Effectiveness and Safety of Contemporary Oral Anticoagulants Among Asians With Nonvalvular Atrial Fibrillation

So-Ryoung Lee, Eue-Keun Choi, Soonil Kwon, Kyung-Do Han, Jin-Hyung Jung, Myung-Jin Cha, Seil Oh, Gregory Y H Lip
Stroke; a Journal of Cerebral Circulation 2019, 50 (8): 2245-2249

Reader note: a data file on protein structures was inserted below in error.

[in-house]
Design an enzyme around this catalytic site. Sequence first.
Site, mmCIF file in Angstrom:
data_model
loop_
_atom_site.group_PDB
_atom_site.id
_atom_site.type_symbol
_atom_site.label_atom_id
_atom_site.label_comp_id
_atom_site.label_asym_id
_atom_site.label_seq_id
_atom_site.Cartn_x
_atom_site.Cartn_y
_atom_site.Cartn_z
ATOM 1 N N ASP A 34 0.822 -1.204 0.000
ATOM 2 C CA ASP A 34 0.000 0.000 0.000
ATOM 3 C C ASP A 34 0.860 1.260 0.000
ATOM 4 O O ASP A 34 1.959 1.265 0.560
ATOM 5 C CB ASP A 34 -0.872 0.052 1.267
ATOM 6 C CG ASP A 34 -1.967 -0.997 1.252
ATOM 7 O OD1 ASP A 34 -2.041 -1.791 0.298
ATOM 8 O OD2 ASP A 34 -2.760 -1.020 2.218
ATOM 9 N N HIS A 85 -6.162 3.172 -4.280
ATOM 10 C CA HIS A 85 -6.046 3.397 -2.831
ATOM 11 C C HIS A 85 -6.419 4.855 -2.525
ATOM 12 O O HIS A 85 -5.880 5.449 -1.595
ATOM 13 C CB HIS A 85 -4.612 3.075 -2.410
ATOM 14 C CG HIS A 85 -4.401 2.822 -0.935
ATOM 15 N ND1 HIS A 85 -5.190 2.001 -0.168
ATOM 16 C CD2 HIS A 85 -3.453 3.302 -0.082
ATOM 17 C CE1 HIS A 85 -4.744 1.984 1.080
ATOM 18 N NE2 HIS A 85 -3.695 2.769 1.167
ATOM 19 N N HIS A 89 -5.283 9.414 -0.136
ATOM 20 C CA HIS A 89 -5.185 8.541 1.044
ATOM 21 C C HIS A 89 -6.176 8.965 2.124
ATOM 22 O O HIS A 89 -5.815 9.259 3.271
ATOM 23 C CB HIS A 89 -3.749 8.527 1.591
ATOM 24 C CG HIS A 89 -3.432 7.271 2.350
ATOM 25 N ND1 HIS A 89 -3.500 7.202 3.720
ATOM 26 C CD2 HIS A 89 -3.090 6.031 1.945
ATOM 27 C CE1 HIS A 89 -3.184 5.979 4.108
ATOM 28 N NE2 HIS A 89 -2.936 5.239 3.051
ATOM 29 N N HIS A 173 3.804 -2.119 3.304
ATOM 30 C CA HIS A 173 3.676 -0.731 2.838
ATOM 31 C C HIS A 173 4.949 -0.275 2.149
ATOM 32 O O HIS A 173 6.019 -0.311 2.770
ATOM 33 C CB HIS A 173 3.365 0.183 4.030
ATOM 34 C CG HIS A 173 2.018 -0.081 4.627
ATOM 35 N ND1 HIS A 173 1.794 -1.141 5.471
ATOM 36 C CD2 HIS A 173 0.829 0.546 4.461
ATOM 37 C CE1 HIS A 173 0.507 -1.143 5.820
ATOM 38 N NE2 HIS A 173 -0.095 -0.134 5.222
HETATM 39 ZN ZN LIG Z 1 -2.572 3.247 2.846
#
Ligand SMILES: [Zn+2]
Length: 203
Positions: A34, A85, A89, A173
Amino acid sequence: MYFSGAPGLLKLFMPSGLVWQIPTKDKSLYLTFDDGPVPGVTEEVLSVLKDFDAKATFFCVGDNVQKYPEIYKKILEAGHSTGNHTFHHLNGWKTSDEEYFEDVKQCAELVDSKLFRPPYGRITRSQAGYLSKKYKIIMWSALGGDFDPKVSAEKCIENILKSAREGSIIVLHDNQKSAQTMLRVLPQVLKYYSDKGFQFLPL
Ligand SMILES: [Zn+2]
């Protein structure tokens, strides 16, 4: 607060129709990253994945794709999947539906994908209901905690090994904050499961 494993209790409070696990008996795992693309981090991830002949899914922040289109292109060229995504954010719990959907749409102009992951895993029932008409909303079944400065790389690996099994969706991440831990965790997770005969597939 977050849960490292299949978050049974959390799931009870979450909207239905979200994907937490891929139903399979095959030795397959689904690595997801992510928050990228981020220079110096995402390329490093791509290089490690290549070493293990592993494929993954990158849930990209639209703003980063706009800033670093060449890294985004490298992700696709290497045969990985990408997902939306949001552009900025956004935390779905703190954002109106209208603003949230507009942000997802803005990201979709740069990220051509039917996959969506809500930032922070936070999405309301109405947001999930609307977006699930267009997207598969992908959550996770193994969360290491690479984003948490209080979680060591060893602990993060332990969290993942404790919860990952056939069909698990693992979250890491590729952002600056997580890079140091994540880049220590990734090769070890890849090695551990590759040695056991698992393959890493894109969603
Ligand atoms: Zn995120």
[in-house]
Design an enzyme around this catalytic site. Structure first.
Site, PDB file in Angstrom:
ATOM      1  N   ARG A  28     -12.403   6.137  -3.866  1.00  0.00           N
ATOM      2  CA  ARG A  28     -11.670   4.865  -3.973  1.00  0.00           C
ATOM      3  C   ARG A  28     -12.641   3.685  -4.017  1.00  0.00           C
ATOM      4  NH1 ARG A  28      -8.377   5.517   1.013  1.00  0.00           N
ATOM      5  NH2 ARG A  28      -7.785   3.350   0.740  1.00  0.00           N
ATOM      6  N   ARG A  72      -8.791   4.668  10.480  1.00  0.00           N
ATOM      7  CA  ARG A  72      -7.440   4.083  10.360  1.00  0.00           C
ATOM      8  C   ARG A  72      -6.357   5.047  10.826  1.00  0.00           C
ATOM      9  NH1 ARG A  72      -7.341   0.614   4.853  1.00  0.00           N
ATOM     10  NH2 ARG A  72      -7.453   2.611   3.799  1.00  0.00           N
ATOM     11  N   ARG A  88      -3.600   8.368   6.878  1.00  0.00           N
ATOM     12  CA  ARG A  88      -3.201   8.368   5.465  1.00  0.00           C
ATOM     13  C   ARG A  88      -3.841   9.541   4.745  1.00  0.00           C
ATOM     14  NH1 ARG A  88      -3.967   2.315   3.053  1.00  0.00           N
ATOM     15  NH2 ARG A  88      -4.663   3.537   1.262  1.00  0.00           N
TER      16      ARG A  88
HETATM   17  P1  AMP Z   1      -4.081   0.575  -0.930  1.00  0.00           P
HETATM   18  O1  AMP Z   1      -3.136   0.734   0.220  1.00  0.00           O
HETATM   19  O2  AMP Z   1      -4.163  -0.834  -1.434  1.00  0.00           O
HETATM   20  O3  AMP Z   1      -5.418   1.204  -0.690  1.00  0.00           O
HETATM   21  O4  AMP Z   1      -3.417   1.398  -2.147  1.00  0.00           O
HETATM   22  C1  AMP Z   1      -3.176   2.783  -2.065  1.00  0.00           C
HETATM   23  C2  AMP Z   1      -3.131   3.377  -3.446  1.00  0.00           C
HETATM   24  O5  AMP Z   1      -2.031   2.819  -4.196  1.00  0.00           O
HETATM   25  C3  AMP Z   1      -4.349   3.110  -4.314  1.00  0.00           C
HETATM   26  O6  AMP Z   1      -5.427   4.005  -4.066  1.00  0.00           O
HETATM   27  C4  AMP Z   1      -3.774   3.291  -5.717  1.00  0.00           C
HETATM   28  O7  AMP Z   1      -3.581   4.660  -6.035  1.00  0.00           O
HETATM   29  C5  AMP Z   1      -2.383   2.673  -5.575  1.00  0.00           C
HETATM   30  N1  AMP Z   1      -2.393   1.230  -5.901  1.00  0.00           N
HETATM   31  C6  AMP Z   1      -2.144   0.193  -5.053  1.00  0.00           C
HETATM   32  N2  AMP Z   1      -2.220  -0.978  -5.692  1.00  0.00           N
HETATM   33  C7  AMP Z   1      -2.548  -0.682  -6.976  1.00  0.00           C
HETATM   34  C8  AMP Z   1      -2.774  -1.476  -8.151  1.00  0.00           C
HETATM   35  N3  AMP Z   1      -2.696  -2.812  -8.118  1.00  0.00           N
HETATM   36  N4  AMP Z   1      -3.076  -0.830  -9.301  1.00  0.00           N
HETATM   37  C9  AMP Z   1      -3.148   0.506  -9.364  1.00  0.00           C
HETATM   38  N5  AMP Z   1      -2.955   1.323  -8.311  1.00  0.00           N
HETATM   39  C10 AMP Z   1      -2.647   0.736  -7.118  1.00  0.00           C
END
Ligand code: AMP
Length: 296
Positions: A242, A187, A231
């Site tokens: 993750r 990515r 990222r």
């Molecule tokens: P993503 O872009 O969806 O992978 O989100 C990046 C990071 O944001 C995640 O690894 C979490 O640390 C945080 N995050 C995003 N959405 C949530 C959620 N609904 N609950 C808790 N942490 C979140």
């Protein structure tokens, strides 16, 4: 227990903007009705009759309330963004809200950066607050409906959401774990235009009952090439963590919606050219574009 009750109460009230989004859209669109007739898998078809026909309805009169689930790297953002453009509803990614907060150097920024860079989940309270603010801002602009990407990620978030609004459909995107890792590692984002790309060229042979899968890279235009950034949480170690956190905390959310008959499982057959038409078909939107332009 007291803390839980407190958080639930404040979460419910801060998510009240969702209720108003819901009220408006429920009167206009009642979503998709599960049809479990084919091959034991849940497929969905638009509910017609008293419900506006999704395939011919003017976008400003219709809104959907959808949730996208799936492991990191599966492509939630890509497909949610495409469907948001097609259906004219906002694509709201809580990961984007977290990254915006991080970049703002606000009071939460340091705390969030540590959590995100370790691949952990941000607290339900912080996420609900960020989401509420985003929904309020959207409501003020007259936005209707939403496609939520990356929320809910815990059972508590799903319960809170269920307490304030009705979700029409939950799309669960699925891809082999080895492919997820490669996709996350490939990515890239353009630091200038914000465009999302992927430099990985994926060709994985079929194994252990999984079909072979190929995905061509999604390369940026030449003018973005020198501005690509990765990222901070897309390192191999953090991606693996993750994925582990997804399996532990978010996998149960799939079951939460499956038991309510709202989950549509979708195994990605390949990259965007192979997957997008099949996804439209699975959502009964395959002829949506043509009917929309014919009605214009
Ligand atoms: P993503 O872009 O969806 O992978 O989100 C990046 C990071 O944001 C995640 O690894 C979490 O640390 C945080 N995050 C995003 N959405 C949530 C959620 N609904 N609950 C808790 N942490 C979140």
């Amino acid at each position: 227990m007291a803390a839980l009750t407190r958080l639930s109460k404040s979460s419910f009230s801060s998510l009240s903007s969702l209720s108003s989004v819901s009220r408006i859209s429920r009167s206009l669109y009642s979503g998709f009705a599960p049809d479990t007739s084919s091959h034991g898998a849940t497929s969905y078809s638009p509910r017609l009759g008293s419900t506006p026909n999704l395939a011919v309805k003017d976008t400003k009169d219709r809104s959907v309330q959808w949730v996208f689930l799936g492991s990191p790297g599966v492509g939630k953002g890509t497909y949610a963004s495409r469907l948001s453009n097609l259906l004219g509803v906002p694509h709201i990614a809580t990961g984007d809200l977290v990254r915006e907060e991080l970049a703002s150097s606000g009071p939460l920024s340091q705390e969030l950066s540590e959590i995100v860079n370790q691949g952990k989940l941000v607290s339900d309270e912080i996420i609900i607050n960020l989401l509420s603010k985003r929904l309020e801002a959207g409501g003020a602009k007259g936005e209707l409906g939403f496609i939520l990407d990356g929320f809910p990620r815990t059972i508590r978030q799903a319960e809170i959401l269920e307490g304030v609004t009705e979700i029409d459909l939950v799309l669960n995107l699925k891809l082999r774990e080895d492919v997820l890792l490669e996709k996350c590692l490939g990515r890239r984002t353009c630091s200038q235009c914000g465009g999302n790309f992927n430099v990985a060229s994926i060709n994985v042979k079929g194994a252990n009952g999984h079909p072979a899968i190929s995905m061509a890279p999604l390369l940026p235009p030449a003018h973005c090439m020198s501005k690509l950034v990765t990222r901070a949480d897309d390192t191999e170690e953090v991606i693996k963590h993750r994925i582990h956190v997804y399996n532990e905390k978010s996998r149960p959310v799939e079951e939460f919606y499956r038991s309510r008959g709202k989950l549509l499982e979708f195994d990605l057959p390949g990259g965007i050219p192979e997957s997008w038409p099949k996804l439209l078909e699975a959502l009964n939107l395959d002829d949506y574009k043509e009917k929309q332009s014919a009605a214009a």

Background and Purpose- Limited evidence exists on the effectiveness and safety of warfarin and all 4 available non-vitamin K antagonist oral anticoagulants (NOACs) from current clinical practice in the Asian population with nonvalvular atrial fibrillation. We aimed to evaluate the comparative effectiveness and safety of warfarin and 4 NOACs. Methods- We studied a retrospective nonrandomized observational cohort of oral anticoagulant naïve nonvalvular patients with atrial fibrillation treated with warfarin or NOACs (rivaroxaban, dabigatran, apixaban, or edoxaban) from January 2015 to December 2017, based on the Korean Health Insurance Review and Assessment database. For the comparisons, warfarin to 4 NOACs and NOAC to NOAC comparison cohorts were balanced using the inverse probability of treatment weighting. Ischemic stroke, intracranial hemorrhage, gastrointestinal bleeding, major bleeding, and a composite clinical outcome were evaluated. Results- A total of 116 804 patients were included (25 420 with warfarin, 35 965 with rivaroxaban, 17 745 with dabigatran, 22 177 with apixaban, and 15 496 with edoxaban). Compared with warfarin, all NOACs were associated with lower risks of ischemic stroke, intracranial hemorrhage, gastrointestinal bleeding, major bleeding, and composite outcome. Apixaban and edoxaban showed a lower rate of ischemic stroke compared with rivaroxaban and dabigatran. Apixaban, dabigatran, and edoxaban had a lower rate of gastrointestinal bleeding and major bleeding compared with rivaroxaban. The composite clinical outcome was nonsignificantly different for apixaban versus edoxaban. Conclusions- In this large contemporary nonrandomized Asian cohort, all 4 NOACs were associated with lower rates of ischemic stroke and major bleeding compared with warfarin. Differences in clinical outcomes between NOACs may give useful guidance for physicians to choose drugs to fit their particular patient clinical profile.

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